Learning Through Dance: What “gradWORKS: The Implicit Self” Can Teach us

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UCSD is known for its experimental approach to the arts, and “gradWORKS: ‘The Implicit Self’” is no different. Verónica Santiago Moniello, the creator behind this innovative piece, is an M.F.A. candidate in the Theatre & Dance department, and has cultivated her own unusual approach to the performing arts world.

In 2016, she conducted research in Venezuela on “The Origin of an Implicit Body Language,” and her gradWORKS piece is a continued exploration based on that study. Her work concerns the ways we adapt to our environment based on notions of how we are “born” into the space.

The production, described as a “continuous dance practice,” opened with composer & musician Annie Hui-Hsin Hsieh simply pouring water into shrub that was placed near a sensitive microphone. Nearby, Moniell0 sat sketching, also near an incredibly sensitive microphone. This continued for about five to ten minutes, at which point I started to become mildly concerned that I was destined to sit for an hour listening to a pencil scratching paper and water being poured.

Luckily, this was not the case. Moniello and Hsieh gradually warmed up the atmosphere, and introduced new props, including rectangular frames of blinds. These frames were used to physically block bodies of light, creating geometric figures across the stage that Moniello then explored, utilizing her physicality to discover the shadows and depth created by the light.

Simultaneously, the music was growing louder, and there was a visible transition in Moniello’s approach. Whereas before she had been investigating the frames of light, and seemed to be naturally delving into how these frames disrupted the space, she now appeared to shift into a state of experimentation with music, responding instinctively to the score.

Throughout the entirety of the piece, the years of training in Moniello’s dance were evident. Even when just walking, she claimed the space and redirected it according to her objective.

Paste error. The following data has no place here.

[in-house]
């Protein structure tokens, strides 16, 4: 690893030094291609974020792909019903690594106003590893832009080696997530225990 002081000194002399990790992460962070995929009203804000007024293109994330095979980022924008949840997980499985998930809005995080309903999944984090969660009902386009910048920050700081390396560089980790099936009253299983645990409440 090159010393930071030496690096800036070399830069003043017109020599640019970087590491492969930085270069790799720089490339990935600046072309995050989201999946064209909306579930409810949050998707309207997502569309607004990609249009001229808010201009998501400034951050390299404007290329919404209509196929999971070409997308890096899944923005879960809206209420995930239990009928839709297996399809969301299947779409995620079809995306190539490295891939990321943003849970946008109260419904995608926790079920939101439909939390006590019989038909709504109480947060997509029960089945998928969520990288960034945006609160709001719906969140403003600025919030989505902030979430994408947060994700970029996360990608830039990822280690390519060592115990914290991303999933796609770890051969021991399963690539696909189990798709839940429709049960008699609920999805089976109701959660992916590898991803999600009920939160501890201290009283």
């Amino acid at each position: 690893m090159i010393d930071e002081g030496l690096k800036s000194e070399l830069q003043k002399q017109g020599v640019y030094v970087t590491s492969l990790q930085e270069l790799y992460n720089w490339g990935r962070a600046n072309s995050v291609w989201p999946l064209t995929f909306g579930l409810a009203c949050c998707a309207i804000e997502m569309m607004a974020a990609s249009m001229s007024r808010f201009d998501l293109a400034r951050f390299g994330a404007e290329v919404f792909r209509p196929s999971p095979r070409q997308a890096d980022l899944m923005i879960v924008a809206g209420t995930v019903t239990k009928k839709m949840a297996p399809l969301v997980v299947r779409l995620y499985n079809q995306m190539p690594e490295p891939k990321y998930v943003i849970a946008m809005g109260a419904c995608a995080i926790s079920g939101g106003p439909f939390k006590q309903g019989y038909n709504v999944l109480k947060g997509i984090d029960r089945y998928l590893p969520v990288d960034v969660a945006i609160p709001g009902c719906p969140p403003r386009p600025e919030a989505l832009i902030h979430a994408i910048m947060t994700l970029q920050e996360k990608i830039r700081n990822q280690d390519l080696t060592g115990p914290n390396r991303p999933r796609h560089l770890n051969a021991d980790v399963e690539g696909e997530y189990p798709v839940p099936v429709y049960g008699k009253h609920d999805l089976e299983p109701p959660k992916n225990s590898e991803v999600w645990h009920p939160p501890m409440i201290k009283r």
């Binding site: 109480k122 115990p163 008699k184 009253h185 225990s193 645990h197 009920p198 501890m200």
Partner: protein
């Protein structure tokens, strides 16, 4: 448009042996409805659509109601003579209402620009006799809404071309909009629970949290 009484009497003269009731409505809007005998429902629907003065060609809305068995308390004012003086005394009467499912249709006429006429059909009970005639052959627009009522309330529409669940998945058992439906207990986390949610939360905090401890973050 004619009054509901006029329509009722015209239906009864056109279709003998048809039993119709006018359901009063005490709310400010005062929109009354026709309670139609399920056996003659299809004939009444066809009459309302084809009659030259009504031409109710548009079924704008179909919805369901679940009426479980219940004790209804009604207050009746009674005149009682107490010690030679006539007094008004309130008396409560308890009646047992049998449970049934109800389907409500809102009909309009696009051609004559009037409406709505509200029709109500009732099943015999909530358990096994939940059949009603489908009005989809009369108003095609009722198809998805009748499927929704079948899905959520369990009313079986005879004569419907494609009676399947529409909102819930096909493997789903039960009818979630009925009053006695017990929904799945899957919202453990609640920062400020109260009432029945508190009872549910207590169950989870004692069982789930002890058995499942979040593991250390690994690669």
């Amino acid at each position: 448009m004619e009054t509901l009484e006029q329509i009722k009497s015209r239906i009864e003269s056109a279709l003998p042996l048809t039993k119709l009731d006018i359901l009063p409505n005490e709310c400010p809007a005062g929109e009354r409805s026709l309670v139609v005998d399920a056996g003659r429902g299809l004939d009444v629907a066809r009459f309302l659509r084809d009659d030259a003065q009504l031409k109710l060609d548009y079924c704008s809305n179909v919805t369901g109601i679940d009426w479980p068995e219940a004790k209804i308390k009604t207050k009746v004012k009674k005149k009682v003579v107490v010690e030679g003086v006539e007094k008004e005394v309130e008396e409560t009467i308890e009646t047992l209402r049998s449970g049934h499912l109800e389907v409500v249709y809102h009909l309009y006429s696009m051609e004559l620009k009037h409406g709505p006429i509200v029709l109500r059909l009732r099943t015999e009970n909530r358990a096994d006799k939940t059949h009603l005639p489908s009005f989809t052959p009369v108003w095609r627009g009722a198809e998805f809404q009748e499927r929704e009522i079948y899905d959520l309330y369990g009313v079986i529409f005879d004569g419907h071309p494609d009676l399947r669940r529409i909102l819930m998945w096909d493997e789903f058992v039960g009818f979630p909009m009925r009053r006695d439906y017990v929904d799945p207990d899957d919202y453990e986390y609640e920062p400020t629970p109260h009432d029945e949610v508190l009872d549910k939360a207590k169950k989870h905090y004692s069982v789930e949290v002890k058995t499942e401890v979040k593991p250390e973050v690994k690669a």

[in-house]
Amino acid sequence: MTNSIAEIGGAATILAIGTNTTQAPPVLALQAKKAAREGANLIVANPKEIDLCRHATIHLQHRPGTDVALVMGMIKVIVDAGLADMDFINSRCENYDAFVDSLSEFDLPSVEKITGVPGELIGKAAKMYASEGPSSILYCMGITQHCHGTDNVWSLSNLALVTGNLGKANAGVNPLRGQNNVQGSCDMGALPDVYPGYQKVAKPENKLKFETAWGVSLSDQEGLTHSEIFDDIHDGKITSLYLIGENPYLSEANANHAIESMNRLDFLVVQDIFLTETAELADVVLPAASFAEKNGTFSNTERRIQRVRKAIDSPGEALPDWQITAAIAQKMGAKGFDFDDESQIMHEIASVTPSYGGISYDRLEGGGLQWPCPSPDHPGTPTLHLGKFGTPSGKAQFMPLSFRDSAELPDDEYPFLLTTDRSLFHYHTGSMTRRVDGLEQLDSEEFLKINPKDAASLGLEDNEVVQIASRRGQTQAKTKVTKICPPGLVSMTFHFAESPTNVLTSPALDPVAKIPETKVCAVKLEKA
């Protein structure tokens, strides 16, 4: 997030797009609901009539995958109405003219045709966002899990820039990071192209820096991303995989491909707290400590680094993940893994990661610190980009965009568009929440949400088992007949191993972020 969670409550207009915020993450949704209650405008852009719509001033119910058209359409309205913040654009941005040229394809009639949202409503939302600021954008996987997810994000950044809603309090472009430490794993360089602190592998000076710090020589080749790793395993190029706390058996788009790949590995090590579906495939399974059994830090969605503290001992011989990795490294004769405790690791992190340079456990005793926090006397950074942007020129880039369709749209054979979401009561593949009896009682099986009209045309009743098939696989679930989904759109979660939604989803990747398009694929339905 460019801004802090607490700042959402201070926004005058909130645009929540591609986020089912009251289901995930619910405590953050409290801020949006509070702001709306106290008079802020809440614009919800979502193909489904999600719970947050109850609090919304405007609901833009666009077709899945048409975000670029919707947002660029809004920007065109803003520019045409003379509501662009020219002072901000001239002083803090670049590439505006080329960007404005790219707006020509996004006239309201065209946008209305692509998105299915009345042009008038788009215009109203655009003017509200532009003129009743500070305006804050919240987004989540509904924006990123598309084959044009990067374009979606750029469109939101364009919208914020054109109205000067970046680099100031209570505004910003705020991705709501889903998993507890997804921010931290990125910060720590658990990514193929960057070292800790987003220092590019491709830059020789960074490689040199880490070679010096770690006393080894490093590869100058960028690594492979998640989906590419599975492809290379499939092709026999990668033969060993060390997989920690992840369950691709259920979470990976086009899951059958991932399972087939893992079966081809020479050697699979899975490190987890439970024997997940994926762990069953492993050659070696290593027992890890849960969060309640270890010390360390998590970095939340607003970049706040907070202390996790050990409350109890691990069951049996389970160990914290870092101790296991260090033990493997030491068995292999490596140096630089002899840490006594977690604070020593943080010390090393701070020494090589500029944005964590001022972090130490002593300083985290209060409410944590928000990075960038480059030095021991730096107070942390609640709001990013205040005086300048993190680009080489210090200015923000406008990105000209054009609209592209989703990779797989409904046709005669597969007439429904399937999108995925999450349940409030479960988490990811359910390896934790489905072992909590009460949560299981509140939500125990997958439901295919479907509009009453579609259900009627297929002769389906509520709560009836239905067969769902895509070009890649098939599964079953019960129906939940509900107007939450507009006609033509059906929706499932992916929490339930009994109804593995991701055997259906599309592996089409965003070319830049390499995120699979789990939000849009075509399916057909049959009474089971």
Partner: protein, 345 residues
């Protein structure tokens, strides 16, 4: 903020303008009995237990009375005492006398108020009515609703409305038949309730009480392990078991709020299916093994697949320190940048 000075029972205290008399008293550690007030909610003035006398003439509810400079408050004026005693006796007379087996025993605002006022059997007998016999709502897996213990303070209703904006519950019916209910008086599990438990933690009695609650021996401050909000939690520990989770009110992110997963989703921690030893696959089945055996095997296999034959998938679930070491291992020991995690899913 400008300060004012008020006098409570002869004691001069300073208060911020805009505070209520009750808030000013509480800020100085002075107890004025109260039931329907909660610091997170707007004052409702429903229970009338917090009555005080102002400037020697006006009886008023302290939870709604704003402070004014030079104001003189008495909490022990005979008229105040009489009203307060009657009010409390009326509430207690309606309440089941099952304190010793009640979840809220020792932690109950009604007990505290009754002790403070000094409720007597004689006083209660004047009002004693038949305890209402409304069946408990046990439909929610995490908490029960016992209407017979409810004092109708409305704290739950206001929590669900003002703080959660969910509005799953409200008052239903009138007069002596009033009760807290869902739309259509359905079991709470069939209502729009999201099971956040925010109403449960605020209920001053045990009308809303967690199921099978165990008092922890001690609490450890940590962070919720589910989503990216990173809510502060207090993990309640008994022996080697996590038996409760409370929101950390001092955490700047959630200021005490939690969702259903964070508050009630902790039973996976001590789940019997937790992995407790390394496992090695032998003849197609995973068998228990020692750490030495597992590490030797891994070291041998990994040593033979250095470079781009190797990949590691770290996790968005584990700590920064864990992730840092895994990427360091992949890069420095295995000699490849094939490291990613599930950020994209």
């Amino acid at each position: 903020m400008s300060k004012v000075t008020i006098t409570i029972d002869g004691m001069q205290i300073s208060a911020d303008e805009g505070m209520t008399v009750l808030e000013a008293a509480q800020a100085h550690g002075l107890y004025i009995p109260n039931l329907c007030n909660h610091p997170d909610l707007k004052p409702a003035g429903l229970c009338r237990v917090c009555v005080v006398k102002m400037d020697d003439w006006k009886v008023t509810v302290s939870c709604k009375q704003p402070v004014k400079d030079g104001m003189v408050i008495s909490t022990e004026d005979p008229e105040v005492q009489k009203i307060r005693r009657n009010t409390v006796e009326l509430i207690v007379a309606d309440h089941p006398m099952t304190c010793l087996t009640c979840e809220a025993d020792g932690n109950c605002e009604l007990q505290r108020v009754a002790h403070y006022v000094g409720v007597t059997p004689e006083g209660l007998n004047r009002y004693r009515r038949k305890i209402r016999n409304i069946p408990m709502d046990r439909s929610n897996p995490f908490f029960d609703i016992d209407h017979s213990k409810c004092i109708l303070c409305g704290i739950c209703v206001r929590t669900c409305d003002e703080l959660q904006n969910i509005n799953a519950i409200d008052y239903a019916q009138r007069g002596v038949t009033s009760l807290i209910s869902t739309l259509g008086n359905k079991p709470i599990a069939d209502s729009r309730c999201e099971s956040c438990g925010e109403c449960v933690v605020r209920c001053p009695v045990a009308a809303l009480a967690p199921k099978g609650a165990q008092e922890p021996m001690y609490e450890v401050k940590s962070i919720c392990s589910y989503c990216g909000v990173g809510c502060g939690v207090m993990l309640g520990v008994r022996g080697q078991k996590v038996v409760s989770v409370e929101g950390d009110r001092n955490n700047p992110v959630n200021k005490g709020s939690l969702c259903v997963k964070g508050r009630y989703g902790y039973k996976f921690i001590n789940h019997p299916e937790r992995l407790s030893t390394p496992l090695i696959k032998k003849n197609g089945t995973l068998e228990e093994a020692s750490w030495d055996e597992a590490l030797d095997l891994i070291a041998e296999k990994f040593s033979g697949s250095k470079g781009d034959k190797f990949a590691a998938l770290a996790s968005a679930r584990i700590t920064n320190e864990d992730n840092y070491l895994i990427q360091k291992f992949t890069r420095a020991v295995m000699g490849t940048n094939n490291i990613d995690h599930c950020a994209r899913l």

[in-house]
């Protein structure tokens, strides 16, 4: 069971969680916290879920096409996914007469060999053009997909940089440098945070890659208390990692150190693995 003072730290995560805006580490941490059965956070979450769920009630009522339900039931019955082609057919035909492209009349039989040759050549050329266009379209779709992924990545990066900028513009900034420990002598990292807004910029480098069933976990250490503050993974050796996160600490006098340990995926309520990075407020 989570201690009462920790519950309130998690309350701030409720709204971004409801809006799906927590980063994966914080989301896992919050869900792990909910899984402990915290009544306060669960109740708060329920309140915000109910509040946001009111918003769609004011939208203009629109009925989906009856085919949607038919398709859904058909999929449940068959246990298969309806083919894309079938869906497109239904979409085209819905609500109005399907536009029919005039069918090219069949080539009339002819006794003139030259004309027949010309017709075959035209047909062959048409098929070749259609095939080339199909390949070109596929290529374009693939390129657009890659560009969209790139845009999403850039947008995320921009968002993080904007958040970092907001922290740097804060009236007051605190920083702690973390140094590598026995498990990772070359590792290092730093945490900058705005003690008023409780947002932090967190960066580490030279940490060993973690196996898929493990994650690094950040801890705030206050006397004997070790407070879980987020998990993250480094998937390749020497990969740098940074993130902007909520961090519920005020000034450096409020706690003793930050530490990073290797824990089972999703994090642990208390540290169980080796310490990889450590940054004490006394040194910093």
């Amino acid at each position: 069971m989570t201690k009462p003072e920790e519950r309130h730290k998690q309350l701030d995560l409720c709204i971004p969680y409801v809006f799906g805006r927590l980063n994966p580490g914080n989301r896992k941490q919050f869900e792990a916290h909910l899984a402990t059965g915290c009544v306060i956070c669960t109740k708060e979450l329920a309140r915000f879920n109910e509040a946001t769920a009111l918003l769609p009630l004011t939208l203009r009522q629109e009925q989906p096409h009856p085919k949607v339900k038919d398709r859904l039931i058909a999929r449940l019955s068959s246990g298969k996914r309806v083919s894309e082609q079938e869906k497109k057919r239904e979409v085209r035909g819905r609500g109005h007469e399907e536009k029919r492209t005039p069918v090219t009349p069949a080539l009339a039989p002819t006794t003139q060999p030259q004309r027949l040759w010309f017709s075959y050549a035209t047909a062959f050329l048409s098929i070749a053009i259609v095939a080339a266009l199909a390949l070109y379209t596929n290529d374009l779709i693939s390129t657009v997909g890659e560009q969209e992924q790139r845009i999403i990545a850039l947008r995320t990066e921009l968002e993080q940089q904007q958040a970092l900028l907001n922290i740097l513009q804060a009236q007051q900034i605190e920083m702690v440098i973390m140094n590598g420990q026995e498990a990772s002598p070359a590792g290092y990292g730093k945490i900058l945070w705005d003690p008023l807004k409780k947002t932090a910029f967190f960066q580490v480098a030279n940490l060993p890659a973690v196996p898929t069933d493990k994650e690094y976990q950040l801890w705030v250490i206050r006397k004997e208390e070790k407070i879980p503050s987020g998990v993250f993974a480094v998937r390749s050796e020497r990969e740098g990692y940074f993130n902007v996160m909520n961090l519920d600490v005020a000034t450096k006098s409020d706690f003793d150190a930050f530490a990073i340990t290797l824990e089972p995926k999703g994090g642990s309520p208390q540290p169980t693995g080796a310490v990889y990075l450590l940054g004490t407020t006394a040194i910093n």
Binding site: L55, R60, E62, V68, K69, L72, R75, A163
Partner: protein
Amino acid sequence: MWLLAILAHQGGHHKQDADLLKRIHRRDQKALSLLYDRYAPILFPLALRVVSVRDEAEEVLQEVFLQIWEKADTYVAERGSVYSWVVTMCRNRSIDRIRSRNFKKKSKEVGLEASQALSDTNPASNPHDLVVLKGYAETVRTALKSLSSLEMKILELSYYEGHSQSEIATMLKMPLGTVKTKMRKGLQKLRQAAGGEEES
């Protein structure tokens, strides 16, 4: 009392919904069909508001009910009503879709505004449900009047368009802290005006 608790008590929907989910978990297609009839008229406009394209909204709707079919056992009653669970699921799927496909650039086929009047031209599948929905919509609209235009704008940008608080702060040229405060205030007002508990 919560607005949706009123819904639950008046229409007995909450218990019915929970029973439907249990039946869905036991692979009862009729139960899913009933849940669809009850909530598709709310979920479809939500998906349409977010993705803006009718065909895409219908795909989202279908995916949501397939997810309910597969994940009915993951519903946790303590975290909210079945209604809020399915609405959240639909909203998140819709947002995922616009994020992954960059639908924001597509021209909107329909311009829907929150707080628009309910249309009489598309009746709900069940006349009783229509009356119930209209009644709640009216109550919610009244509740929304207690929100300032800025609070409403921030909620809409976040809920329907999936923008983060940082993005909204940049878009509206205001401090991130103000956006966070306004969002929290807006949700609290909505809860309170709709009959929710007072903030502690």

More interesting than this natural ownership of the stage, however, was how she was able to transition into phases of vulnerability. Near the end of the show, she was in a streamlined full-length body suit, decorated with a tricolored star pattern and a hood that covered her eyes. Throughout this segment of the piece, you could feel the tension in the audience as they wondered how Moniello would move onstage while hindered by a visual impediment.

I considered this portion of the production to be the most riveting. I began to understand what Moniello had hoped to recreate: the image of rebirth. The entirety of “The Implicit Self” reflects on how one moves through various forms of rebirth and focuses on our intuitive response.

In theory, this sounds highly experimental and difficult to understand. Instead, “The Implicit Self” is an incredibly relatable piece. As students, and more generally as humans, we consistently go through various transformations, and are constantly put into situations both new and challenging. This is, in a sense, our “rebirth.”

One of the most gratifying aspects of “The Implicit Self” was the Moniela’s complete use of her surroundings. When she was studying the space through various sounds, frames of light, and props, Moniello appeared to be completely open to the influence of these factors. Rather than attempting to control them, she harnessed her natural responses.

Surprisingly, this left me with an exceptionally practical take-home message: leave behind your expectations, and be open to your natural reactions. Rather than trying to control your responses through a type of cerebral cage, allow yourself to approach each new situation with an open mind.

In simpler terms, this could be choosing to listen to your gut instinct, rather than following previously implemented behaviors and patterns you may have. Essentially, using Moniello’s style of language, this will allow you to be “reborn,” and in turn, move beyond old habits and welcome growth.

Art often depicts life, and even more frequently, it demonstrates how we can perhaps adjust our views, and take a different approach to living. “The Implicit Self” shows us a unique way to dance, both across the stage and through life.   

Layla Hanson is a Staff Writer for for The Triton.